Saving vs. Investing: What to Keep in Mind
It was a problem we all had as kids when we found a dollar: Does it go into the piggy bank or get spent on something to enjoy into the future? The options change as we get older, but the same kinds of calculations and questions arise. As adults, we are told saving is good, but we need to invest. So, which is more important?
Financial wellness involves many moving parts – saving, investing, debt management, insurance, and more. Adjusting one impacts the others. That’s why it’s important to take them all into account collectively and fine tune them to your overall situation. When questioning whether to save or invest, here are some things to remember:
Short answer: Saving is more critical, but both are important
Investing is about building long-term wealth; saving is about security now and in the future. Investing means taking money out of your pocket today so it can work for you. But if investing means you can’t afford a car repair or week off work, then saving is more important because the time horizon is sooner. A good rule of thumb: Have six months of expenses in savings.
Check your mindset: “How will I” vs. “How can I”
When you think about expenses, are you asking yourself “How will I pay for this?” or “How can I pay for this?” If the question is whether you CAN afford something, you should probably be saving more. If you have enough resources to choose the best way to pay, you may have the cushion you need.
Ask yourself: What does saving mean to you?
Some people save to help cover expenses in emergencies. For others, saving means working toward a goal – a new house, car, or vacation. Both perspectives are useful, because the money is still accessible in an emergency – but don’t spend the “goal” savings if there isn’t enough left over to feel secure in the event of an emergency.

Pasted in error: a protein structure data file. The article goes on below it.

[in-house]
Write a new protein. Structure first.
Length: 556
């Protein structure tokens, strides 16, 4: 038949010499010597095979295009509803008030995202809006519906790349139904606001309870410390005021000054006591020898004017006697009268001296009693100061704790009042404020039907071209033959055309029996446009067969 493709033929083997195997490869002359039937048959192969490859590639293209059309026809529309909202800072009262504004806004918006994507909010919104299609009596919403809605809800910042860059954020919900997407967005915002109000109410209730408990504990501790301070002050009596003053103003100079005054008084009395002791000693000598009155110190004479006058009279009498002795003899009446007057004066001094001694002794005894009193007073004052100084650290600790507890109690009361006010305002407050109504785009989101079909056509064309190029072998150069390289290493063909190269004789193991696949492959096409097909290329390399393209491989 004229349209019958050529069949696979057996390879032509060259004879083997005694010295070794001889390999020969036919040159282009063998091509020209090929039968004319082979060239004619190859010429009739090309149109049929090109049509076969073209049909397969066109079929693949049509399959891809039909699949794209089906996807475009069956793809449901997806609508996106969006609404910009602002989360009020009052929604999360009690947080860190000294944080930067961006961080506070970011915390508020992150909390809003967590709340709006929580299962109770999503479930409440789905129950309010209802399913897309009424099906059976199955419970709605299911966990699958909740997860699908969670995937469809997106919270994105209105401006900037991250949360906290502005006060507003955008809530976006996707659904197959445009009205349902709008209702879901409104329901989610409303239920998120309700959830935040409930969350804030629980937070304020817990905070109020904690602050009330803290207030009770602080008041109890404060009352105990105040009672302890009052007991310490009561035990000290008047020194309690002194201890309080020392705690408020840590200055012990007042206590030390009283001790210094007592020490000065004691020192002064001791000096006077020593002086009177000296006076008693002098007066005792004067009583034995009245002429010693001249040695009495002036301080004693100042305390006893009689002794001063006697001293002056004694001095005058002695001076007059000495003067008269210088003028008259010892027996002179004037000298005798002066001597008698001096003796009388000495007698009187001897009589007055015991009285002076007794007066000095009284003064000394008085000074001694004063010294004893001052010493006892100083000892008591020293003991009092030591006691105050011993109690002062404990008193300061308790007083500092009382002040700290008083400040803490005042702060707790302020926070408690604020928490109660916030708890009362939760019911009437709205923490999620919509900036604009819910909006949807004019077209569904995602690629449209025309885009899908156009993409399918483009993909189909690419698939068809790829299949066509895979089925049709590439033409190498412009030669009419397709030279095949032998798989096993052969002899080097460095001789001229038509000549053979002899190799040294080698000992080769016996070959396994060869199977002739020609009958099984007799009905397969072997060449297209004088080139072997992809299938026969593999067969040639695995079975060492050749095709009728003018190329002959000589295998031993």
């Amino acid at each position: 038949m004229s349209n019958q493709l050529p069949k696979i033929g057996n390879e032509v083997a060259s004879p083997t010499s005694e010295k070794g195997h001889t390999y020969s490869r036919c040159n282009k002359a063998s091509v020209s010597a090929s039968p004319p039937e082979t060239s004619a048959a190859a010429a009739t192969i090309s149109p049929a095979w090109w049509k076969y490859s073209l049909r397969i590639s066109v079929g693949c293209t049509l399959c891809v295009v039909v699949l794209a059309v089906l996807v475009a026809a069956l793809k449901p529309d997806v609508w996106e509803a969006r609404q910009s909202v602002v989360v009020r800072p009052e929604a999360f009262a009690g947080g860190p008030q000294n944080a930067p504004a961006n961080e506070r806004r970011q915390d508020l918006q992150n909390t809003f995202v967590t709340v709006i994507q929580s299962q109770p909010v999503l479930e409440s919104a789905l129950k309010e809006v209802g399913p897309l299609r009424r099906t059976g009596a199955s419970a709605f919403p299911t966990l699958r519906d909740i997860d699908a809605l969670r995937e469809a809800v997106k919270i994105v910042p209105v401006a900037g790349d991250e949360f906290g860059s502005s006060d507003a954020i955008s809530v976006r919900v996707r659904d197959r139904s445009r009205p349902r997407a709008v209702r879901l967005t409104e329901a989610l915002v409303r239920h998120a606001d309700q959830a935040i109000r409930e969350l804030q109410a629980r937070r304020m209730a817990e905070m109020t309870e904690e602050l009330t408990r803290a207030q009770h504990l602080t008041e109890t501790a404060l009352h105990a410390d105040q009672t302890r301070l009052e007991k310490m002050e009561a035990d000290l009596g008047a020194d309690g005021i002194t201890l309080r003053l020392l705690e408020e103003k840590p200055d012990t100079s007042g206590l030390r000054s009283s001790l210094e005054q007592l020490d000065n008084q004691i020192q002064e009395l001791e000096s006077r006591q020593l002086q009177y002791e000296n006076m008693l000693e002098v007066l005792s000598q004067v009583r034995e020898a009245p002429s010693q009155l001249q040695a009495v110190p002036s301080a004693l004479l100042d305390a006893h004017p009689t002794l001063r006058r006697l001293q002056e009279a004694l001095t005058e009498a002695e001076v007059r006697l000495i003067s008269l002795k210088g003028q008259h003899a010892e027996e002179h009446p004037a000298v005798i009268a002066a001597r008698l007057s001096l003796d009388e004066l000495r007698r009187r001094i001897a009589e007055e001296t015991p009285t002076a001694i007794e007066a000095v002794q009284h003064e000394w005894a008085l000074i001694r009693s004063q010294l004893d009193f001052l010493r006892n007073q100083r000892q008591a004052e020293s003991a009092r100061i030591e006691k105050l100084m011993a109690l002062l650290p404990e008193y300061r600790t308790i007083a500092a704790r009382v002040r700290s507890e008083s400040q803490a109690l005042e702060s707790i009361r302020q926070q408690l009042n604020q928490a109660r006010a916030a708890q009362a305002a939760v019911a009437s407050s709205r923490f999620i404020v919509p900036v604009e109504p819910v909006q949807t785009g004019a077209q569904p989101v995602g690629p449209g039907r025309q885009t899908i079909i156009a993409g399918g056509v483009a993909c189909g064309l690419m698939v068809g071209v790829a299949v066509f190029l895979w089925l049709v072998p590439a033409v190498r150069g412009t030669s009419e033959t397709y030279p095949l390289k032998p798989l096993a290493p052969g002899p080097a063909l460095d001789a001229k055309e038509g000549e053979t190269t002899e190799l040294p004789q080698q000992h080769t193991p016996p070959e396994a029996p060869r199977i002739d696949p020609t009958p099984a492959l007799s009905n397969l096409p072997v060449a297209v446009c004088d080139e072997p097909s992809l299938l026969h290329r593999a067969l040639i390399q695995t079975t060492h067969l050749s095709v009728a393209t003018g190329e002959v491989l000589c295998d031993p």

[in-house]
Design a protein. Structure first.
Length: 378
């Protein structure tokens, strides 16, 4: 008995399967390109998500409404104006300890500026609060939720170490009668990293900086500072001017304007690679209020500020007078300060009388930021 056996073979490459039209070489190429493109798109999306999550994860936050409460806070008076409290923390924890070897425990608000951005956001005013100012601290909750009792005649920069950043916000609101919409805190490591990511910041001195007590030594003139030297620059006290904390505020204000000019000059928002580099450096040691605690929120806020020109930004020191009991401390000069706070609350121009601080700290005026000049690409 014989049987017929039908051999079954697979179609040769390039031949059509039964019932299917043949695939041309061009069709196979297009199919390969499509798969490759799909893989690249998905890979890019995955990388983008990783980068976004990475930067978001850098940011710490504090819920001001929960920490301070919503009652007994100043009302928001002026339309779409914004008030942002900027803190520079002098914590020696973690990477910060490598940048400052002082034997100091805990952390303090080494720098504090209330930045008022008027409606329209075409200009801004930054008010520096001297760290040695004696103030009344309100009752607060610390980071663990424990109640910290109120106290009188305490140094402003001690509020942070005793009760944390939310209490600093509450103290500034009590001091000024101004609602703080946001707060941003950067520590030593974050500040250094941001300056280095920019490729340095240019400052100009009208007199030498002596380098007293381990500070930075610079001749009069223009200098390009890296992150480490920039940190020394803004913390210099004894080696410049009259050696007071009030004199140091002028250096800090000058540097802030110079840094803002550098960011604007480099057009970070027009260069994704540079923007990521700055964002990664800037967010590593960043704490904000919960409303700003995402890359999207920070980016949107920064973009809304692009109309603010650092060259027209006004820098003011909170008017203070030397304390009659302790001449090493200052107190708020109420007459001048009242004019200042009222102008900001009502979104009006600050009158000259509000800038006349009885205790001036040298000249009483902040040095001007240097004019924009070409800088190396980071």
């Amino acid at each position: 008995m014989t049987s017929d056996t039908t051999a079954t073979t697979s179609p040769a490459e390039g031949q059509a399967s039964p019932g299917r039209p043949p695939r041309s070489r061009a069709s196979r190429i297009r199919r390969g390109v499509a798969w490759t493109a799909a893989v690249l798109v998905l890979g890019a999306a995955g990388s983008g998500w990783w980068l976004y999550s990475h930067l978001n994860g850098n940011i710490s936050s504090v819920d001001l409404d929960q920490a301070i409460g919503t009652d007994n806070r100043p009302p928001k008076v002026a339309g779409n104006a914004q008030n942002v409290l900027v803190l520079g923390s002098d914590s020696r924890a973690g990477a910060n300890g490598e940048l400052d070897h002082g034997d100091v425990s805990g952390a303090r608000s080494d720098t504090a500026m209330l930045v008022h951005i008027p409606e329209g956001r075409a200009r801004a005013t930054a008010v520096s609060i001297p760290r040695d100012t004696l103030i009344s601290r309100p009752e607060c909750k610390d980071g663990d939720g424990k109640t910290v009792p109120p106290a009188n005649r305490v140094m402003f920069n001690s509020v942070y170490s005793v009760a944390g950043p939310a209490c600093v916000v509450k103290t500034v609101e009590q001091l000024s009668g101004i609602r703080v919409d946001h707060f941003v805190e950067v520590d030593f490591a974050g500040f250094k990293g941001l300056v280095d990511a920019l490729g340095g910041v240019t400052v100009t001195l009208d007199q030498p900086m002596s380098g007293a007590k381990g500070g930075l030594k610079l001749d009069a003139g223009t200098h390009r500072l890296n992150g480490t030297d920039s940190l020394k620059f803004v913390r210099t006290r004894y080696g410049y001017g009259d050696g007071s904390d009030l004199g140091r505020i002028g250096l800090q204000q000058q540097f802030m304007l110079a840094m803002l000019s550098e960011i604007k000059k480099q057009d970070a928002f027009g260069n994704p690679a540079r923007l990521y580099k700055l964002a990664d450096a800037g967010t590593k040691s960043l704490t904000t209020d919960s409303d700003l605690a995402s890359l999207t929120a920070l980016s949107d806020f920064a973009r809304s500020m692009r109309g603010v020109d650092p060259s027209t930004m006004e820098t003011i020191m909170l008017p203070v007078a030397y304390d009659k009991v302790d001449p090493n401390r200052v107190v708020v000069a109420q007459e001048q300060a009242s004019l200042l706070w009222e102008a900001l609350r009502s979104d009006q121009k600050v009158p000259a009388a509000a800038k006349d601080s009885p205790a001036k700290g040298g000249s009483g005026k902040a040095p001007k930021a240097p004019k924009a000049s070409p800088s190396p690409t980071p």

Saving can lead to investing: It’s not an either/or question
As you set money aside, your confidence will grow, as will your tolerance for risk. Consider utilizing tools that combine the advantages of saving plus investing. Health Saving Accounts (HSAs), for example, allow you to save cash for health needs and potentially invest unspent dollars after reaching savings thresholds.
Starting is the most important step
Whether saving or investing, the action is the same: Taking today’s money and putting it aside instead of spending it. It’s a simple process, but surprisingly hard to start. Get in the practice of setting money aside now. Once it becomes habit, you will be a better saver AND a better investor.
Whatever career, family, or life stage you are at, a holistic look at your financial wellness can help you meet your goals. Talk to an Alerus advisor to see how you can enhance (or begin) your saving, discuss investing, allocate investments to match your risk tolerance and life situation, and balance both saving and investing with the other facets of your financial life. Whether you have $1,000 extra per week or don’t think you have any, we are ready to help.